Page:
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The Colbert Clan: 1.2 Million Strong and Counting


Colbert is a South Carolina crowd favorite. (AP).

Twelve days ago, while introducing the new Facebook group "1,000,000 Strong for Stephen T. Colbert," The Trail noted that its creator, Raj Vachhani, didn't include a photo in his Facebook profile. That's a very sketchy thing to do on Facebooksphere -- akin to going to a meet-and-greet party with a big, scary mask on.

Vachhani has now corrected his oversight, he said in a phone interview. Vachhani, it turns out, is 16, a junior at Loveless Academic Magnet Program High School in Montgomery, Ala. and, not surprisingly, a fan of Colbert's Comedy Central show, "The Colbert Report." "It's where I get most of my news," he said.

The political blogosphere has been buzzing about the meaning of Vachhani's Facebook group, which is by far the biggest political group on the site. Within hours of its launch, it had 16,000 members and hit the 500,000 mark by Oct. 23. It reached its target of 1 million three days later and now has more than 1.2 million members.

Each of the presidential candidates have their own profile on Facebook, the social networking site of the moment. Sen. Barack Obama (Ill.) has 158,000 supporters on his page, tops among the Democratic candidates, and Rep. Ron Paul (Tex.), the online star of the Republican field, has 34,000. There are also dozens of pro-candidate and anti-candidate groups. The most popular pro group, "Barack Obama: (One Million Strong for Barack)," has 392,000 members and was created by 26-year-old Farouk Olu Aregbe. Stephen DeMaura, 22, founded the largest anti group, "Stop Hillary Clinton: (One Million Strong AGAINST Hillary)," which lists 514,000 members.

But Vachhani's Colbert group beats them all.

"At a political level, comparing Mr. Obama and Mr. Colbert is patently unfair. To join Mr. Obama's group ... requires an explicit statement of political beliefs. Joining Mr. Cobert's group signals that you're a fan of his hilarious TV personality. Of course, there's nothing wrong with this -- but to comapre Obama and Colbert is truly to compare apples and oranges," Fred Stutzman, a doctoral student at the University of North Carolina in Chapel Hill, blogged Monday on TechPresident, the hub of online presidential campaigning.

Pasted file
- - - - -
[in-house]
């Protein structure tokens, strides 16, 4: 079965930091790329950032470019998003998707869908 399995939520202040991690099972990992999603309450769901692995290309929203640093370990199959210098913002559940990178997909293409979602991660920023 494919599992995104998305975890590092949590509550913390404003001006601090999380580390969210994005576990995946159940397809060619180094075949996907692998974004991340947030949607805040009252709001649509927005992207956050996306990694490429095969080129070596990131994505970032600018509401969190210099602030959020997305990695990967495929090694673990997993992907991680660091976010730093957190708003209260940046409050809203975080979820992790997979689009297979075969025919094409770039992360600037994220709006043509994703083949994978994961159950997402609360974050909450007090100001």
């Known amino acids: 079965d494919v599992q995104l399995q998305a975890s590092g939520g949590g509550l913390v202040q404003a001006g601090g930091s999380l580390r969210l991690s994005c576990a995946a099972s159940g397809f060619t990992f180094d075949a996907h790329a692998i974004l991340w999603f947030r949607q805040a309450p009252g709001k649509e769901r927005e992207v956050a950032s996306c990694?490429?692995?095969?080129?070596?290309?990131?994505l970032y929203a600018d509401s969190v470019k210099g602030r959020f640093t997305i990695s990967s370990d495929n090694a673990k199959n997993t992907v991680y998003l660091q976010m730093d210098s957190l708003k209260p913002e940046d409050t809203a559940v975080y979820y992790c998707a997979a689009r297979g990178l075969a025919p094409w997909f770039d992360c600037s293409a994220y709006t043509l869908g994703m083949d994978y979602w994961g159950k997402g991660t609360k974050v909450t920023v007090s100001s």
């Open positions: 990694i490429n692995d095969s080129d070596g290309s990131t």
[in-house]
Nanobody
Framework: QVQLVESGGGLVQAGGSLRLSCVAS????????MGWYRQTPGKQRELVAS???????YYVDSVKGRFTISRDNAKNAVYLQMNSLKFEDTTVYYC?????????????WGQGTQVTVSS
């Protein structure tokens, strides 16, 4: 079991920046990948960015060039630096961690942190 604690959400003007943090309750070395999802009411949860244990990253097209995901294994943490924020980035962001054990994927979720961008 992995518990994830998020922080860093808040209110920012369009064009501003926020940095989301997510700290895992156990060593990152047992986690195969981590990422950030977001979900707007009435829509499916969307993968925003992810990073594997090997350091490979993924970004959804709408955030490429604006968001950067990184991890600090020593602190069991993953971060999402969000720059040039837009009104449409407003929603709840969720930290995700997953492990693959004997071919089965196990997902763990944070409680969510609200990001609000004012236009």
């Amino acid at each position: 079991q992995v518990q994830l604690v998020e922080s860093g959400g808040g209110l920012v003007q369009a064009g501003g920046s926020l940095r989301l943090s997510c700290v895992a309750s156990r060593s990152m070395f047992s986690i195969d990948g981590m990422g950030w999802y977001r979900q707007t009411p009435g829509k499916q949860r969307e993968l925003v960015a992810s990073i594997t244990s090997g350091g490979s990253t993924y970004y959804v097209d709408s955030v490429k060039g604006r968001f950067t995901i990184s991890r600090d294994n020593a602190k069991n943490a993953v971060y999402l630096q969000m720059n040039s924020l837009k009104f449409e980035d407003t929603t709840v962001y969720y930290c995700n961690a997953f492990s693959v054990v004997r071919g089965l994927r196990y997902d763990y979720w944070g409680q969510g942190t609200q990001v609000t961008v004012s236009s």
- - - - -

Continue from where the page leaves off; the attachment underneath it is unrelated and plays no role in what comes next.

Added George Washington University's Michael Cornfield, who teaches about political strategy and message development: "Colbert is entertainment and entertainment always outrates politics. People want to be entertained. That's all this means."

Well, maybe.

Facebook has gotten increasingly political in recent months -- and why not? YouTube has its CNN/YouTube debates, and MySpace has partnered with MTV for its live instant messaging forums. Earlier this month, Facebook -- with more than 44 million members, the core group being high school and college age students -- hosted two two-hour seminars for congressional and campaign staffers in Capitol Hill.

On the political Facebooksphere, the key is personalization and activism, both online and off. Facebookers can add a candidate as a "friend" and stay virtually connected to that candidate's campaign, and they can also add more than 190 political applications -- like a 2008 voter registration form -- to their profiles. The most political Facebook profiles show an engaged, involved, informed electorate who share the news articles they read and urge friends to join them in political groups. As Colbert's Facebook group shows, these members tend to get a lot of their news from "The Daily Show" and "The Colbert Report": funny, satiric newscasts that skewer the hypocrisy of politicians and talk about "truthiness" in these spin-cycling times.

Obama himself said in yesterday's MTV/MySpace forum that the popularity of Colbert and his show is an indictment of the mainstream news media and highlights the public's distrust of such news outlets.

Meanwhile, the whole Colbert-as-president saga -- a native son of South Carolina, he is running both as a Republican and Democrat in the Palmetto State -- is playing out to be a show within a show, politics as theater, Comedy Central style. The popularity of his Colbert Facebook group, Vachhani says, shows how trusted the fake newscaster is. He may be a comedian, Vachhani explains, but he was "ballsy enough" and "gutsy enough" to make fun of White House reporters during the White House Correspondents Association Dinner in 2006.

Vachhani's Facebook group has spawned others, including a District-based group simply called "Stephen Colbert for President!" It has 68 members, at least as of Monday night. Among them is 25-year-old Sara Frances Culp.

Why did she join the group?

"Primary because I love Colbert (and Stewart!), but also because I am so impressed at the lengths to which he has successfully gone -- and will hopefully continue to go -- to prove just how ridiculously ironic the world actually is (Press Corps Dinner, anyone?)," Culp wrote to us in a Facebook message. "Also, I love how much he has done to prove how much can actually be accomplished by the people the 'important people' don't pay attention to -- namely, those who understand that the 'Internets' aren't just a series of tubes."

For Colbert, it's a very good show, and at least 1.2 million people are laughing.

-- Jose Antonio Vargas

By Post Editor  |  October 30, 2007; 8:00 AM ET
Categories:  A_Blog , New Media  
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